- Court battles and allegations of unfair bidding practices could significantly delay construction of the $275 million Nashville FC soccer stadium at the Tennessee State Fairgrounds or possibly even put the entire project in jeopardy.
- Earlier this year, a chancery court judge ruled that Save Our Fairgrounds did not have standing to file a lawsuit that would stop the project, but that decision was overturned on appeal and the group is now back in court attempting to make the case that the Metropolitan Government of Nashville (Metro) and Davidson County violated procurement laws and state sunshine laws in the awarding of contracts for the stadium's design (Populous), construction management (the joint venture of M.A. Mortenson and Messer Construction Co.) and infrastructure design (Kimley-Horn and Associates).
- At the heart of the lawsuit is a claim of financial conflicts, including that the Metro's procurement department appointed employees of Nashville Soccer Holdings (NSH), the investors that own the new franchise, to three committees that evaluated proposals for construction and design and scored each. The lawsuit claims that two advisers to these evaluation committees were also employees of NSH. The lawsuit also claims associations between major investors, contractors and public officials.
Included among Save our Fairgrounds' demands are that the court declares:
- The Metro Sports Authority did not follow applicable laws in approving the contract recommendations;
- the Metro did not follow applicable laws in appointing members of the evaluation committees; and
- the evaluation committees did not follow applicable laws in awarding the construction and design contracts.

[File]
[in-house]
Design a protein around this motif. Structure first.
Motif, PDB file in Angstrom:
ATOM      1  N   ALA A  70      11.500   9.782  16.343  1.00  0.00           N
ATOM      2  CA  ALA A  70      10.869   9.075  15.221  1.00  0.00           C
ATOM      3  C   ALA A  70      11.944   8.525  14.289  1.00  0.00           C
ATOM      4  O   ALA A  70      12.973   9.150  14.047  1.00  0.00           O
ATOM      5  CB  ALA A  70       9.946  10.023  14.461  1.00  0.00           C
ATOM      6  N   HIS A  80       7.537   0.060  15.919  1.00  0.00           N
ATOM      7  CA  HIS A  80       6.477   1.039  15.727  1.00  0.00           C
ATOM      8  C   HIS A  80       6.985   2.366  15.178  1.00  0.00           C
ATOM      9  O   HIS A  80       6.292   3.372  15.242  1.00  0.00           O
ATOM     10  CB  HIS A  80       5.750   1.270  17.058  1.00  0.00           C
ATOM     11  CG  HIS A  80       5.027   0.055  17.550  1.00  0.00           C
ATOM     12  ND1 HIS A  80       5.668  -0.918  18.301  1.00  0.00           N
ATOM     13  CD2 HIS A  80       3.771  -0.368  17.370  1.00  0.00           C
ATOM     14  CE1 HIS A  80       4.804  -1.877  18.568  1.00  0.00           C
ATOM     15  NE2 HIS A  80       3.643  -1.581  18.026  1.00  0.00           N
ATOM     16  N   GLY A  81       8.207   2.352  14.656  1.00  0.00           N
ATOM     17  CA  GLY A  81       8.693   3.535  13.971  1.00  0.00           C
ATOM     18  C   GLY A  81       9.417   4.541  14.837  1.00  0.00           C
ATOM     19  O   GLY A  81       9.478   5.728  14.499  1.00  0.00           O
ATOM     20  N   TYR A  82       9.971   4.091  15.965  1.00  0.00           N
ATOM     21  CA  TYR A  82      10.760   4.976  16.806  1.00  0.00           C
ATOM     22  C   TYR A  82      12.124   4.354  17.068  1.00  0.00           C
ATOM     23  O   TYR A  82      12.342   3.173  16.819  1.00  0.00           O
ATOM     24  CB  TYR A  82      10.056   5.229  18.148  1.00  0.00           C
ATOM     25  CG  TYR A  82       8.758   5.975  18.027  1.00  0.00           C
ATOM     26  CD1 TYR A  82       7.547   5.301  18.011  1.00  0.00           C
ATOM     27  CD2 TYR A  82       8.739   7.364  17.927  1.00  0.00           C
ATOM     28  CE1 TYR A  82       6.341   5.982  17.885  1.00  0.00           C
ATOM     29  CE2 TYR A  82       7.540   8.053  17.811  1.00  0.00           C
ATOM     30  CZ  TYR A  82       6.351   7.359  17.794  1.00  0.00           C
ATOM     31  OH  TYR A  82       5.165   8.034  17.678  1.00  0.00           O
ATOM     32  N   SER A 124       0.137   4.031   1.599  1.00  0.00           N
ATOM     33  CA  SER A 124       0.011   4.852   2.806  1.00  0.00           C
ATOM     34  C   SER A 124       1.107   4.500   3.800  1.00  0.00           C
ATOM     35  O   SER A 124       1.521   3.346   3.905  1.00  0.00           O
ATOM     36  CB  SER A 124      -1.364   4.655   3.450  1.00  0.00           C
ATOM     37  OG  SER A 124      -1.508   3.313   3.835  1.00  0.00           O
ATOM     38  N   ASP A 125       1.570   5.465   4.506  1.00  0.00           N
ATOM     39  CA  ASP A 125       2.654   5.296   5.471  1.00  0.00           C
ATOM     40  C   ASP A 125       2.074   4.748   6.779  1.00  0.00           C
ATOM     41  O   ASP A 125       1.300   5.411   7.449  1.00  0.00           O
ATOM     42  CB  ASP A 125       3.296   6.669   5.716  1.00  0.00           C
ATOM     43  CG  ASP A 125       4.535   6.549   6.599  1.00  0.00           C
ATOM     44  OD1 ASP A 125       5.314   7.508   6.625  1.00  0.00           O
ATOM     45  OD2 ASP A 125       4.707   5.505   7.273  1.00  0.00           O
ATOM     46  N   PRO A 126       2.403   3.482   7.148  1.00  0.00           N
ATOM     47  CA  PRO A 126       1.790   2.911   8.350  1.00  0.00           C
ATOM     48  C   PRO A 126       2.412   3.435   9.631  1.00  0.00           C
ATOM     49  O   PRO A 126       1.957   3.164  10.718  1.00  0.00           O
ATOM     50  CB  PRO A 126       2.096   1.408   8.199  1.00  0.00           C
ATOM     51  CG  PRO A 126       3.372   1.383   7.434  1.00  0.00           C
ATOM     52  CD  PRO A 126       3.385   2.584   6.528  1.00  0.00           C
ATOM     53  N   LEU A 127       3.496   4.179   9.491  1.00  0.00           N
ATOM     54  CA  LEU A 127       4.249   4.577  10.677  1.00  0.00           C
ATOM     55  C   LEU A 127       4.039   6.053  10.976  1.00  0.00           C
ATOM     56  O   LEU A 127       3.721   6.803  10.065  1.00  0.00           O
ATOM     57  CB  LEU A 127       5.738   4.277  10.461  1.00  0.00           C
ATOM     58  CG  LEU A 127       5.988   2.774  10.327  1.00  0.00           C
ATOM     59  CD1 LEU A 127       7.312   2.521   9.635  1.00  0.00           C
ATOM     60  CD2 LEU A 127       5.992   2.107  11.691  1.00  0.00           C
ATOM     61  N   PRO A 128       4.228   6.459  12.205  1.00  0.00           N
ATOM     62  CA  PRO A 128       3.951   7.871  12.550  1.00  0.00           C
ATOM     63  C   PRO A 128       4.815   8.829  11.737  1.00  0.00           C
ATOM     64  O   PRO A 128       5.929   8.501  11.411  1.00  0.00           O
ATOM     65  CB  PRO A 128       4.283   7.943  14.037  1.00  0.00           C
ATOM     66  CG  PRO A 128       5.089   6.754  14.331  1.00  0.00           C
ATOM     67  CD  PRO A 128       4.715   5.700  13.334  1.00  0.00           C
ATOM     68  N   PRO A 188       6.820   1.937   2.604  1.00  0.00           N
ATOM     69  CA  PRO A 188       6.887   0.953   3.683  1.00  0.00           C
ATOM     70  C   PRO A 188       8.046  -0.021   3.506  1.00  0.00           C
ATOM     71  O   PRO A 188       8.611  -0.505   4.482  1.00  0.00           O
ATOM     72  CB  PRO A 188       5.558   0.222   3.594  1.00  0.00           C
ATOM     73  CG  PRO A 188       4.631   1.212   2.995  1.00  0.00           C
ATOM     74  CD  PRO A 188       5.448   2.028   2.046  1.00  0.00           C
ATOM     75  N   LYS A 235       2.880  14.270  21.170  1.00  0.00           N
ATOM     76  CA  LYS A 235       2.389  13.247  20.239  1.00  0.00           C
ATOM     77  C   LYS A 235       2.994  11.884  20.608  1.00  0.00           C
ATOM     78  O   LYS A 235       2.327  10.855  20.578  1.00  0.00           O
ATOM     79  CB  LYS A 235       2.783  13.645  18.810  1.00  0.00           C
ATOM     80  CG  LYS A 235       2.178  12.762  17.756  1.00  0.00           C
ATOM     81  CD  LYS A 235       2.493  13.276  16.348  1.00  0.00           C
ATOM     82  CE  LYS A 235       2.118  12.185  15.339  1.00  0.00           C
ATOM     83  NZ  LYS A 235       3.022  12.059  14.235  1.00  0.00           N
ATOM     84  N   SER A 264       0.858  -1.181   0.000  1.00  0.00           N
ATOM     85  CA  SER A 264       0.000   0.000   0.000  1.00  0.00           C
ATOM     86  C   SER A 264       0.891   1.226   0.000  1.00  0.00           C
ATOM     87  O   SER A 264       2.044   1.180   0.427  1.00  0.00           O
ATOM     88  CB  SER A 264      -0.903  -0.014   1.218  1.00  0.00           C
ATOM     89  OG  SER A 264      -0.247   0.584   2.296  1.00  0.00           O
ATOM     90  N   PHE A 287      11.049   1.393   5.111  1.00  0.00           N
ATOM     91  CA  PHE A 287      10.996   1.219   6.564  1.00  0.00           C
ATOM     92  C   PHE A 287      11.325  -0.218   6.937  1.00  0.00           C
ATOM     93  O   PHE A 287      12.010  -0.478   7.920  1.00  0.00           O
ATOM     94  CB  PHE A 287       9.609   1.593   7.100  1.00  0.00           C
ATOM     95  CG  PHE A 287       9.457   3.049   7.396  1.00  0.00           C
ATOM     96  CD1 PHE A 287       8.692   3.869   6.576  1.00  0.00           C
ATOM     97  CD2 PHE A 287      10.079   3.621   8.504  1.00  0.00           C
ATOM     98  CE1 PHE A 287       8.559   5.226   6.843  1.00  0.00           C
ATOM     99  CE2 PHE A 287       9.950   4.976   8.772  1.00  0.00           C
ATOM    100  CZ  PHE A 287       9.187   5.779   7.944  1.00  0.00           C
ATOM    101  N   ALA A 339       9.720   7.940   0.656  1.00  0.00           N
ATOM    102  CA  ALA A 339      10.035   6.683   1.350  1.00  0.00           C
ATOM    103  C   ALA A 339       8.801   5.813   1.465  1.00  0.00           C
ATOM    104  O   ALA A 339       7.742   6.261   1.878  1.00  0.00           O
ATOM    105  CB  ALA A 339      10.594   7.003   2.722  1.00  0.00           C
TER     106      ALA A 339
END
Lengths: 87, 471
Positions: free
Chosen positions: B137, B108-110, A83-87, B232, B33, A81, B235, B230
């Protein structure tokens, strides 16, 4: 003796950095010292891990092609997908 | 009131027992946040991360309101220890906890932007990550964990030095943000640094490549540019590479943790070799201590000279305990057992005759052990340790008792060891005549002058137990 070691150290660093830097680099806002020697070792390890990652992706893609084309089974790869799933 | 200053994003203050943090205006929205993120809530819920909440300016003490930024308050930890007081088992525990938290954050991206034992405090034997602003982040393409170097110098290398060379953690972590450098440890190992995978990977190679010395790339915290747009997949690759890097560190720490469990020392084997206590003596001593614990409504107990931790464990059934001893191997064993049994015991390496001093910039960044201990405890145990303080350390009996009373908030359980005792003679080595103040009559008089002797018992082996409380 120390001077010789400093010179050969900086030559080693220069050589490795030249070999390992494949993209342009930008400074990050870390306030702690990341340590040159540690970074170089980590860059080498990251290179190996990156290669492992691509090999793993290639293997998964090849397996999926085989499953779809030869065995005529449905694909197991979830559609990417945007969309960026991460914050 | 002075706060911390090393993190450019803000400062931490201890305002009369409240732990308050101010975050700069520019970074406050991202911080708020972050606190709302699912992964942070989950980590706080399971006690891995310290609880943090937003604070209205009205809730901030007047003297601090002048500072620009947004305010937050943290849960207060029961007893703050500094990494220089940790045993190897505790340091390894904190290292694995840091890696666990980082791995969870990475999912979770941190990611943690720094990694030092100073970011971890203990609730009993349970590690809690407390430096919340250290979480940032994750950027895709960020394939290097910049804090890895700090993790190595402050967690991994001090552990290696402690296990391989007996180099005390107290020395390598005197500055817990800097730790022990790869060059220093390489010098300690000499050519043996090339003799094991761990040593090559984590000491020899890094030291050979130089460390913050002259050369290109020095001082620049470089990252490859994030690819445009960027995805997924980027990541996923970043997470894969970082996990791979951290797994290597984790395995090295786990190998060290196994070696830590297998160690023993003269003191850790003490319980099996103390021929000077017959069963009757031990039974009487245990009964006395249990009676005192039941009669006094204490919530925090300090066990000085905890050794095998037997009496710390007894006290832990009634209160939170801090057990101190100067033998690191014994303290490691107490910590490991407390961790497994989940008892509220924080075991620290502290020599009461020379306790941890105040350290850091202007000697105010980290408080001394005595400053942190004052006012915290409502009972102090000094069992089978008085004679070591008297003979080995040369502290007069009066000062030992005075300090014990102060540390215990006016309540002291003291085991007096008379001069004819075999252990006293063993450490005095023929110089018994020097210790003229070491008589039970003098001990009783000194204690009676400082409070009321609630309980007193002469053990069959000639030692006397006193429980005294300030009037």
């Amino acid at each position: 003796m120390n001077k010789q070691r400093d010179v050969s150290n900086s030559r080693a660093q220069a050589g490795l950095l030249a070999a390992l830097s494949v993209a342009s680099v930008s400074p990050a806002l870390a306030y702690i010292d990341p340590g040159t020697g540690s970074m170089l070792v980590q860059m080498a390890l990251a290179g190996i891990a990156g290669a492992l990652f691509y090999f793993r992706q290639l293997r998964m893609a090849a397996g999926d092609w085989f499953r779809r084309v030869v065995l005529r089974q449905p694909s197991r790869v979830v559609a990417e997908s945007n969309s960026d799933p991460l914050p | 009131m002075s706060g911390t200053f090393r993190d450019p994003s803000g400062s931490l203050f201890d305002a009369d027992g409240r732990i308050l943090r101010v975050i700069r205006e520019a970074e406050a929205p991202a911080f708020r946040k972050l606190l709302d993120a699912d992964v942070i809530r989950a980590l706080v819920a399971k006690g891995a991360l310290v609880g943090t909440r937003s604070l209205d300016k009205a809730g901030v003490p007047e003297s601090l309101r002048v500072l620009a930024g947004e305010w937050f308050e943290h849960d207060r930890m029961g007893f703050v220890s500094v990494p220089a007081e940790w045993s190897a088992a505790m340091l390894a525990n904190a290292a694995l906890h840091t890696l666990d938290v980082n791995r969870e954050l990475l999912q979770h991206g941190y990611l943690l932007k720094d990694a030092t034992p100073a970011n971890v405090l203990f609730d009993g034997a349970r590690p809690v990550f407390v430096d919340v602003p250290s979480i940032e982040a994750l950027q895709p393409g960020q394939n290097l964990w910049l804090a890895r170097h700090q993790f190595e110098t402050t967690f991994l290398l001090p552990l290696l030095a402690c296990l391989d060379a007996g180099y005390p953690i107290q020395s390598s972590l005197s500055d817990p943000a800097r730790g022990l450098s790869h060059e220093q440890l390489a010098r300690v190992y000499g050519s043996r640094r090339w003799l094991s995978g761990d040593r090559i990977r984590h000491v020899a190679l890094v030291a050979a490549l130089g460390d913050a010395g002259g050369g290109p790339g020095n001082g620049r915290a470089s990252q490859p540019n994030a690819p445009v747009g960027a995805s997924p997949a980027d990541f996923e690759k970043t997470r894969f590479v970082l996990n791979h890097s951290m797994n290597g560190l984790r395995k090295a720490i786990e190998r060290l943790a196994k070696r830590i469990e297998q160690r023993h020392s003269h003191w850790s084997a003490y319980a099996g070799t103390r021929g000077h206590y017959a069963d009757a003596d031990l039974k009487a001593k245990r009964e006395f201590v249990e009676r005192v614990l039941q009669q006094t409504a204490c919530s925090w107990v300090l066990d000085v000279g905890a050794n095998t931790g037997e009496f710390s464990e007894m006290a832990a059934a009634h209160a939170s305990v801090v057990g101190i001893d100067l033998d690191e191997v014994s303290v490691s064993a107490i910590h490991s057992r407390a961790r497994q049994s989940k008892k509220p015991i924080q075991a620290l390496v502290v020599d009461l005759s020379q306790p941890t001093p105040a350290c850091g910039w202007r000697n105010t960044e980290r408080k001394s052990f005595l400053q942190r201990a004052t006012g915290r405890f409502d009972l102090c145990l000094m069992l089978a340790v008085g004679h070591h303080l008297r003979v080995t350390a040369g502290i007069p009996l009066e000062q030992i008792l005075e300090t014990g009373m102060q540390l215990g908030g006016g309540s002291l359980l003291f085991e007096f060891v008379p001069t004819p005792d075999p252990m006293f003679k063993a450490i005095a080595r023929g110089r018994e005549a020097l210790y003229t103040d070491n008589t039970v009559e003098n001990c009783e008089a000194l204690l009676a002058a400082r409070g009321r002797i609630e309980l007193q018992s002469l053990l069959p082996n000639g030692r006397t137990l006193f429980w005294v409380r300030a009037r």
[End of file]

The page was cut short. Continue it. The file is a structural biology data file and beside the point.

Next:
The group also wants the court to review a demolition contract issued to Terracon for the razing of buildings at the fairgrounds. A collection of older buildings still remain, and the Nashville Flea Market and other businesses have relocated to the new $37 million Expo Center built on another part of the fairgrounds.
Ron Gobbell, fairgrounds improvements project manager, according to The Tennessee Tribune, has reported to the fair board that the design of the stadium is 35% complete and that the design of the infrastructure is 30% complete. However, until the lawsuit is resolved, according to News 4, the $225 million of revenue bonds that will pay for the project cannot be issued. Construction was slated to begin in June.
The complaint also mentions allegations against Mortenson in relation to the $233 million Colorado Convention Center project in Denver. A Trammell Crow employee allegedly shared information about the bidding process with someone from Mortenson, which was bidding on the job. Mortenson has denied wrongdoing on the part of its employees, but both Trammell Crow, which was serving as program manager, and Mortenson were excluded from working on the project.